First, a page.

Wall Street climbed to new all-time highs on Friday, as soft economic data reinforced that the Federal Reserve will be in no rush to unwind its crisis-era stimulus.
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The Dow Jones Industrial Average gained 84.65 points, or 0.39%, to 21,637.74, its third straight record close. The S&P 500 increased 11.44 points, or 0.47%, to 2,459.27, the index’s 24th record close since Election Day. The Nasdaq Composite closed 38 points higher, or 0.61%, at 6,312.47.
The rally bucked a pair of downbeat reports on the economy. The consumer-price index was flat in June compared to the prior month, indicating no change to inflation. Thus far, inflation has fallen short of the Fed’s target of 2% growth this year.
Also, the Commerce Department said domestic retail sales dropped last month, while economists were looking for a small increase in spending.
Although the latest economic reports disappointed, investors likely viewed the news as another sign that Fed members could consider delaying the next interest rate hike or a plan to shrink the central bank’s portfolio. Chairwoman Janet Yellen recently said the Fed reserves the ability to reinvest, rather than relinquish its bond holdings, if it sees a deterioration in the U.S. economic outlook.
Investors also got their first look at bank earnings for the second quarter. JPMorgan Chase (NYSE:JPM), Wells Fargo (NYSE:WFC) and Citigroup (NYSE:C) each reported stronger profits as higher interest rates helped offset weaker trading revenue. However, JPMorgan lowered its earnings outlook for 2017. The nation’s largest bank now forecasts a $4 billion increase in net interest income, down from its earlier guidance of $4.5 billion.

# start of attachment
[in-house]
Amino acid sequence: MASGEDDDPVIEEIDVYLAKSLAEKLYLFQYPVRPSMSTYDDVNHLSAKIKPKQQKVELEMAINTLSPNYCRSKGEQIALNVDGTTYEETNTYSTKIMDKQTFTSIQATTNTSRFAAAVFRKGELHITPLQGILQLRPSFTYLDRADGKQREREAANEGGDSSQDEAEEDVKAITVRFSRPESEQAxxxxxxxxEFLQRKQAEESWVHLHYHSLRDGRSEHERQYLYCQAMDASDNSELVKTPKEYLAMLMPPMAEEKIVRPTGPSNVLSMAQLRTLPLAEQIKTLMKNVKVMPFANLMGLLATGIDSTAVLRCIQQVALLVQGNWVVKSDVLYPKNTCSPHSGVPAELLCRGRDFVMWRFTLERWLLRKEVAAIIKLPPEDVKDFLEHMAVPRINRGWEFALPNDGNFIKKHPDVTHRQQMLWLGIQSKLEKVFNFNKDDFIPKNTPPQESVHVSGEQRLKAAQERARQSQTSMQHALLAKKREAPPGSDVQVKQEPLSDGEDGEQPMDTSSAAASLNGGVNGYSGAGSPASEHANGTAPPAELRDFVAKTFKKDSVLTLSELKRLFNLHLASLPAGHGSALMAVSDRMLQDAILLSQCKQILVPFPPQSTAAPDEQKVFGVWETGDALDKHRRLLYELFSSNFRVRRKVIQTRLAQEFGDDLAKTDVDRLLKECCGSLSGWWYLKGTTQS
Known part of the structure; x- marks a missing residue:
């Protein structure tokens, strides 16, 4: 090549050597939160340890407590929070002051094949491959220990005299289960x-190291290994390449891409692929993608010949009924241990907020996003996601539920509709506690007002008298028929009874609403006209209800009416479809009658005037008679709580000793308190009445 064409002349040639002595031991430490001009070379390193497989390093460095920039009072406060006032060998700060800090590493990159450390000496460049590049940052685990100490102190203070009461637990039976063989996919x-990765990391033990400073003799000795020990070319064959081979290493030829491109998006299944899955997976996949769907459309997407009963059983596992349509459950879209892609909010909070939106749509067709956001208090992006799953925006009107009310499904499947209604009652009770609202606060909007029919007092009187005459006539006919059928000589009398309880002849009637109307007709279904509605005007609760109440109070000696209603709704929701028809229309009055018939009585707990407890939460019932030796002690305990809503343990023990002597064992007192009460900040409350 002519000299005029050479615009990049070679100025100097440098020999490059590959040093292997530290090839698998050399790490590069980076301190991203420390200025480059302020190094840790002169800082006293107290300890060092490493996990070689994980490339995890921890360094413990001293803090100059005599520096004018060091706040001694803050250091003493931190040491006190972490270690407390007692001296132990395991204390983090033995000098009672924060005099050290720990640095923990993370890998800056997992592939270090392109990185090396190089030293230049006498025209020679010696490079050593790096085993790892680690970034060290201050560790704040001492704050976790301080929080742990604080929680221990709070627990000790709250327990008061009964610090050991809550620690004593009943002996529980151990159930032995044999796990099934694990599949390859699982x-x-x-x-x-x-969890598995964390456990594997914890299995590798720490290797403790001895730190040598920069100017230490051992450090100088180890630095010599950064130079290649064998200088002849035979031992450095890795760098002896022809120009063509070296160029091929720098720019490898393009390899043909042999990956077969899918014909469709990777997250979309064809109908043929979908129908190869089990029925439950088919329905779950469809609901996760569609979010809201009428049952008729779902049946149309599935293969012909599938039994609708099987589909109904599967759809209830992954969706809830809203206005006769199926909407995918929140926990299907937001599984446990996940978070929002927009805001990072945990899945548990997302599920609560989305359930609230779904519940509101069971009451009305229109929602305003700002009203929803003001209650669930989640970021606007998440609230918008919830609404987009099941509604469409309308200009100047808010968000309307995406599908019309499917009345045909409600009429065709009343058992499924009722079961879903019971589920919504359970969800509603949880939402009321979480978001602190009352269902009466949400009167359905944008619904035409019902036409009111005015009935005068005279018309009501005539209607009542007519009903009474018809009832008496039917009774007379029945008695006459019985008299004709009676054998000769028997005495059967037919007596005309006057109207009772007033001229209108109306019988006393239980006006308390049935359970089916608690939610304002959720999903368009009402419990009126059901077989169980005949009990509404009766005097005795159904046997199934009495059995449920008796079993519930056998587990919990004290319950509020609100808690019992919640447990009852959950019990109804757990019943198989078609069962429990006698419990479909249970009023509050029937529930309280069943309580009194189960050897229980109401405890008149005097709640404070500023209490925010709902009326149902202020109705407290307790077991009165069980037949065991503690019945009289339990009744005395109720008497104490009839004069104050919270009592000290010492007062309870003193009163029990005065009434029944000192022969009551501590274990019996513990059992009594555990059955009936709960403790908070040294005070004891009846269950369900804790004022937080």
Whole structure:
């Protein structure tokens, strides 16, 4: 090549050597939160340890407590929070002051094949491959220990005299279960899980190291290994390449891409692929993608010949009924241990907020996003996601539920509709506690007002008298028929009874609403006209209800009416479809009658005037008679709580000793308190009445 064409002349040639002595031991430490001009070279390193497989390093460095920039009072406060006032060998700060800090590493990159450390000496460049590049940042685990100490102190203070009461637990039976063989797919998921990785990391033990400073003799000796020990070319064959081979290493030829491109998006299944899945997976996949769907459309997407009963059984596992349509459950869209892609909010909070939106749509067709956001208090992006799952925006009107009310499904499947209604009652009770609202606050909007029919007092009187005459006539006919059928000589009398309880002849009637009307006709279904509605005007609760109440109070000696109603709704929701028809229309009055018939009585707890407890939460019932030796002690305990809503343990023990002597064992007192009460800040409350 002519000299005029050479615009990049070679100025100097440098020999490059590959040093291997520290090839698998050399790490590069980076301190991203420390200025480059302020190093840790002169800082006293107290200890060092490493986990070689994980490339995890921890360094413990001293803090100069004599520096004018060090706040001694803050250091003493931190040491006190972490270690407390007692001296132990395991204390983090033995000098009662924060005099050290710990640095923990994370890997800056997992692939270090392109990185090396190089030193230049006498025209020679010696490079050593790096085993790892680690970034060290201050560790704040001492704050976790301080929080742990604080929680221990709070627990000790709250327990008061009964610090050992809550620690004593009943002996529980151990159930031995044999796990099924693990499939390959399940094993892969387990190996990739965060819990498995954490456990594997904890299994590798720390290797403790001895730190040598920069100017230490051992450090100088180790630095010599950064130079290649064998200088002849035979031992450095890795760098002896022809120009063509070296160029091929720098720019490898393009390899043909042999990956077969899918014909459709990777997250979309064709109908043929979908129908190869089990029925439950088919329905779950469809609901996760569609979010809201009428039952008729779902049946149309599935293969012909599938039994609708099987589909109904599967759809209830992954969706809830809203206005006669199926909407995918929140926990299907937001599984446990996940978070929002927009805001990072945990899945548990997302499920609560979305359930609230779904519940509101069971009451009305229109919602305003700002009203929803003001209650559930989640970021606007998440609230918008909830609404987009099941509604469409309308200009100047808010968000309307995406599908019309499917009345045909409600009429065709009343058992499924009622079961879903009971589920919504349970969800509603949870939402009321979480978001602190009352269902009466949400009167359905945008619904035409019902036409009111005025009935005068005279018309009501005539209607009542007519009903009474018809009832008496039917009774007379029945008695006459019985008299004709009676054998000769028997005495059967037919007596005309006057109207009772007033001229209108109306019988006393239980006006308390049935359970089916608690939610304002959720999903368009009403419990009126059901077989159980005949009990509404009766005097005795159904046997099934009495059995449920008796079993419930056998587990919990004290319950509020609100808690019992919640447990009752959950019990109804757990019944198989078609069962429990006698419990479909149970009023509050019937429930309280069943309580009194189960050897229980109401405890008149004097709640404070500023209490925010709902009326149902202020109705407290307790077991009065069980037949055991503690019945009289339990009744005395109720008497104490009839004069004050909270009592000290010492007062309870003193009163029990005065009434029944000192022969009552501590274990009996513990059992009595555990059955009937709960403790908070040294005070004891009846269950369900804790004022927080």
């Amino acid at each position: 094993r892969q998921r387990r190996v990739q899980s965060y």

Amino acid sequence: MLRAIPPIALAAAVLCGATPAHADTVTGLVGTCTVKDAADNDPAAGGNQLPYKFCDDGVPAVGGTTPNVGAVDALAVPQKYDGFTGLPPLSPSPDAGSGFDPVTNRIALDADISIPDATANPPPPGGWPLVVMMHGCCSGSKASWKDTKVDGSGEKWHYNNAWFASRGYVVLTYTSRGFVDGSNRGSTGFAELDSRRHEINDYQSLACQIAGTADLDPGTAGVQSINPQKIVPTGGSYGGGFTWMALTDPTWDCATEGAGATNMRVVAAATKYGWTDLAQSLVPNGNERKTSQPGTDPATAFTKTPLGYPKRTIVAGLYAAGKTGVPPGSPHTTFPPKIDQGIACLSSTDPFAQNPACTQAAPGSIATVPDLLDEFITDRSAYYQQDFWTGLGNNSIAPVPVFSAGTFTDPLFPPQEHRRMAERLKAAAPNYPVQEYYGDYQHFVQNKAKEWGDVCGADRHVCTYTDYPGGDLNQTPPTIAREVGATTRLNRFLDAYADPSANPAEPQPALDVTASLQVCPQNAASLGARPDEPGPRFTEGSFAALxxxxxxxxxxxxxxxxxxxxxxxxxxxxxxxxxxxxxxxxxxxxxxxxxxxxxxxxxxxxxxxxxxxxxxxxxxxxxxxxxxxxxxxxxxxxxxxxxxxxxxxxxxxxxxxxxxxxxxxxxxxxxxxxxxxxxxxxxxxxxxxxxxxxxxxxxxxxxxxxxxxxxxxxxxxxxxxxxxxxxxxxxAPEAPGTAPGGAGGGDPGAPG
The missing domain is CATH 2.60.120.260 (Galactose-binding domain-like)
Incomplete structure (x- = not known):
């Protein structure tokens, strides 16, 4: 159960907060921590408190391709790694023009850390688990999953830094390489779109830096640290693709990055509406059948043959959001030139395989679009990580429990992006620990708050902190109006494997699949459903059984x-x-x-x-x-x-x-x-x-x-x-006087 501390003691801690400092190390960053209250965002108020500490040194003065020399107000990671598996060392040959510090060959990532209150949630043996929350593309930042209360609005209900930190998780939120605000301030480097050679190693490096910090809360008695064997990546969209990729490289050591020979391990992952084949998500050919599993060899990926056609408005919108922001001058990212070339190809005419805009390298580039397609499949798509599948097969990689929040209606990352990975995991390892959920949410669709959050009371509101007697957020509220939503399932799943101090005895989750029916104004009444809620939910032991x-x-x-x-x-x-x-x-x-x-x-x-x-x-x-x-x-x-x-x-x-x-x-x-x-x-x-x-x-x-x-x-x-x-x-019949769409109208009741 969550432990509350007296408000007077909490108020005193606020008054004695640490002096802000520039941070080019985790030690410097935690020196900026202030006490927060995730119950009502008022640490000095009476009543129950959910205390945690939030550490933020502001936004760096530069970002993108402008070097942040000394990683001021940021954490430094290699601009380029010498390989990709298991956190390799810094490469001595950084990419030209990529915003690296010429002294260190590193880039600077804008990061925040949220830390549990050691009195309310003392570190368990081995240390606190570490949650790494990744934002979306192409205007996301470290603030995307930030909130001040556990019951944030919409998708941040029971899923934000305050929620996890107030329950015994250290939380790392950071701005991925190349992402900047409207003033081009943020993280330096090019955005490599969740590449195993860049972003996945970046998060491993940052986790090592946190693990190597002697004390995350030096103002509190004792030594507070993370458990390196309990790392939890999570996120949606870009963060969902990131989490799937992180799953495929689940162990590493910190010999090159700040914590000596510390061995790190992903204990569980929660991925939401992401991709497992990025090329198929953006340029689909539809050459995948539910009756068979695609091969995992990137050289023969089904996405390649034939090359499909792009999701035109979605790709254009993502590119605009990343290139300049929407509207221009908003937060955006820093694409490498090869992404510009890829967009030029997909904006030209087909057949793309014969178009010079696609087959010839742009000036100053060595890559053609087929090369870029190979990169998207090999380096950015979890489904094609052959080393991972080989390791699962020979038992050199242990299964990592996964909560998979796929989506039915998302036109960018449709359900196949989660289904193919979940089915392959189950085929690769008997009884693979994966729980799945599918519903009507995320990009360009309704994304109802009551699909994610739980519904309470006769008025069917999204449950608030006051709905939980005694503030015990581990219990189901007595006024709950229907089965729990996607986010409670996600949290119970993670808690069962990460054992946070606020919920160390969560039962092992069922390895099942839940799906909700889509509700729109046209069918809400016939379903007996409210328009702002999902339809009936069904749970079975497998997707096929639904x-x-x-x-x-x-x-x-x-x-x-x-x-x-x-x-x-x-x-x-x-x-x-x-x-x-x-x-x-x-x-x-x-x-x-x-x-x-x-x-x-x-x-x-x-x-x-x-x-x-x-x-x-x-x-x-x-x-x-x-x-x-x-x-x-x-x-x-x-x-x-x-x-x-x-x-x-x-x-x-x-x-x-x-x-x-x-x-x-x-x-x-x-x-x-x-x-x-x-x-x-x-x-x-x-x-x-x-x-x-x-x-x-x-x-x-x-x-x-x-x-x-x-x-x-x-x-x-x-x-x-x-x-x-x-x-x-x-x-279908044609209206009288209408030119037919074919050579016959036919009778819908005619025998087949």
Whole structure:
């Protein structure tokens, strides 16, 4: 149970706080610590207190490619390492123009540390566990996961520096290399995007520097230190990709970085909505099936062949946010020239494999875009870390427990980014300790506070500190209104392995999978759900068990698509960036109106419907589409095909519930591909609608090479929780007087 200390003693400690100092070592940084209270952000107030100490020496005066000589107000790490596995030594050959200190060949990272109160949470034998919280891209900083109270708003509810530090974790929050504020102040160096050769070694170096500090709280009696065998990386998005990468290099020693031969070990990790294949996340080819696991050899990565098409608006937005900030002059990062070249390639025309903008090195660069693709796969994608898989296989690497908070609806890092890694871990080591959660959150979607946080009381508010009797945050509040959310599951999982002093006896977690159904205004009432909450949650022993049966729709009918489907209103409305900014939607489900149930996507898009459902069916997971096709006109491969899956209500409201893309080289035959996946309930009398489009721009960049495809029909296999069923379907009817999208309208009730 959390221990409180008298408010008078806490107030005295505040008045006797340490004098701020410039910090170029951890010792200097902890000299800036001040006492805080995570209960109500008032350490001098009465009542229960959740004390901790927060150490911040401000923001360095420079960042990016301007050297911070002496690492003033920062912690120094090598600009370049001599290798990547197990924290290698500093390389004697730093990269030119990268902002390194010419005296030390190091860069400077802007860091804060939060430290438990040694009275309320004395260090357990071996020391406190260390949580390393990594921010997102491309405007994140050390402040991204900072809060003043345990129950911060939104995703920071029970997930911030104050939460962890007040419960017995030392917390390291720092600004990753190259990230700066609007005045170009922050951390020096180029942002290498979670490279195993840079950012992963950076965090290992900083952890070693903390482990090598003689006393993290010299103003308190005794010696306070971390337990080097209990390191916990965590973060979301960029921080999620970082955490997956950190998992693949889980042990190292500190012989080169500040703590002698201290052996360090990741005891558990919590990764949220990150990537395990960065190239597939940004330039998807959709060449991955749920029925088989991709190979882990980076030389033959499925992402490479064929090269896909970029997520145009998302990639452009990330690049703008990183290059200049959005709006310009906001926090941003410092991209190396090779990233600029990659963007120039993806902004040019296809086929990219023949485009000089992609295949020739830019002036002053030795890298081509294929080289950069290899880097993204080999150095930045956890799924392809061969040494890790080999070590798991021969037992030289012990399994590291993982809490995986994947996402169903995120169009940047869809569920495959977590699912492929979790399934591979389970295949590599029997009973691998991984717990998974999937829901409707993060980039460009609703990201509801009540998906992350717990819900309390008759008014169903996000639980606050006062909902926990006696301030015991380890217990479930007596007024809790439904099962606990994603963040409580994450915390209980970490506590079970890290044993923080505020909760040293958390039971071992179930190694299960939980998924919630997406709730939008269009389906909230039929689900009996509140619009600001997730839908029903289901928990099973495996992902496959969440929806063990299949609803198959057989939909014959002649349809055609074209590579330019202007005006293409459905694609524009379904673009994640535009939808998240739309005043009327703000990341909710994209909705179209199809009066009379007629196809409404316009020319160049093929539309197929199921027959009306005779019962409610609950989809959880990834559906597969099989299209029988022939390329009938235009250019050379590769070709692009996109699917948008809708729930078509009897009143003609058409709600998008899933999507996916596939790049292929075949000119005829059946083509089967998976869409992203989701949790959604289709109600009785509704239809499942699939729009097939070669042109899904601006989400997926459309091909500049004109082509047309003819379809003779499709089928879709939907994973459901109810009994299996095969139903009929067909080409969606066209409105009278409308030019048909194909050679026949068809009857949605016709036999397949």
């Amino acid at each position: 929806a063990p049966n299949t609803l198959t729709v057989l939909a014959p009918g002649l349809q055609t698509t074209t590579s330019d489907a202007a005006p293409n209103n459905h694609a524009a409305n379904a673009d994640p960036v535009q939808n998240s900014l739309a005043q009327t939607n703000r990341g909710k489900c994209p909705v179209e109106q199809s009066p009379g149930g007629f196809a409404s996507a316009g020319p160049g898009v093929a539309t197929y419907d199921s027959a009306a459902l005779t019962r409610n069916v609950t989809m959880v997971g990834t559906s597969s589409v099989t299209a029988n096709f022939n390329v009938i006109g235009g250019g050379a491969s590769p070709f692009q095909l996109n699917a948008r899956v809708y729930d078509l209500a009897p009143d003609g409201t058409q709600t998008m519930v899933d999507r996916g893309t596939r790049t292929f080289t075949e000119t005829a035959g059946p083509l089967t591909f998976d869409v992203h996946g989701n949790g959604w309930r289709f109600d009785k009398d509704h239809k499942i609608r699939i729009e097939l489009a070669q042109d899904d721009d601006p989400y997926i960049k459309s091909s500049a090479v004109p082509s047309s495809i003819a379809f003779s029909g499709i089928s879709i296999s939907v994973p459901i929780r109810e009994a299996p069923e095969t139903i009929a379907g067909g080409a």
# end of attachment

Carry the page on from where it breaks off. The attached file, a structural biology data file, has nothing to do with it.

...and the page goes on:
The profit warning weighed on financial stocks, the only S&P sector to post red ink on Friday. Shares of JPMorgan, Wells Fargo and Morgan Stanley (NYSE:WFC) were down around 1%.
The 10-year Treasury yield slipped to 2.322% from 2.348%.
Nymex West Texas Intermediate oil advanced 46 cents, or 1%, to $46.54 a barrel. Brent crude, the international benchmark, was up 1% at $48.90 a barrel.
Elsewhere in economic data, U.S. industrial production ticked 0.4% higher in June to beat expectations for a 0.3% gain. Industrial production has improved for five consecutive months, reflecting a stronger manufacturing sector.